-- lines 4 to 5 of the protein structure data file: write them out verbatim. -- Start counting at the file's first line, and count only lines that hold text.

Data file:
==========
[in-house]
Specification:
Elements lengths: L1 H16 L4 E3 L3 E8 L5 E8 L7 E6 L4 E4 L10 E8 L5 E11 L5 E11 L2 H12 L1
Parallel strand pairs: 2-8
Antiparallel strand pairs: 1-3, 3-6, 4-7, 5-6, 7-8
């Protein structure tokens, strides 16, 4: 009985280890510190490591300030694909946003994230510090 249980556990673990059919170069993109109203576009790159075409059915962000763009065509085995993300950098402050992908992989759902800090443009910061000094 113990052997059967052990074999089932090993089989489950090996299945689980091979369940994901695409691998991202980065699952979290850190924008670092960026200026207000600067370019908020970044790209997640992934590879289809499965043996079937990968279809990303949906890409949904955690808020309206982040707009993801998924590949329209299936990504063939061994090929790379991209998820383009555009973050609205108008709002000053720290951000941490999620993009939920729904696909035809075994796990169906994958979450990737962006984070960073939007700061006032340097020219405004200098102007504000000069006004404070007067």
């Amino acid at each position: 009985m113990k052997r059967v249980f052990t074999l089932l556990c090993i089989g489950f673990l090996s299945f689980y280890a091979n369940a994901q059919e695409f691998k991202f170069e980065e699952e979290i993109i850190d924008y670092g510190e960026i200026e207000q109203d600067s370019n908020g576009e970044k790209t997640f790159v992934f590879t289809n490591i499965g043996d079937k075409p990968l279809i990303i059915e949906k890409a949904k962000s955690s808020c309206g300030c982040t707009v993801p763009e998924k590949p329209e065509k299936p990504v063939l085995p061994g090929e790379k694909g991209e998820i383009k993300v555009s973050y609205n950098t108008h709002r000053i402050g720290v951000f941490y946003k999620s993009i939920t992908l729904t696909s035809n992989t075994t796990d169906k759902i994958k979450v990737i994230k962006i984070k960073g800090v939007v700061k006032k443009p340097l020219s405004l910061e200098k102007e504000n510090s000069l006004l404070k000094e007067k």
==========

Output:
Parallel strand pairs: 2-8
Antiparallel strand pairs: 1-3, 3-6, 4-7, 5-6, 7-8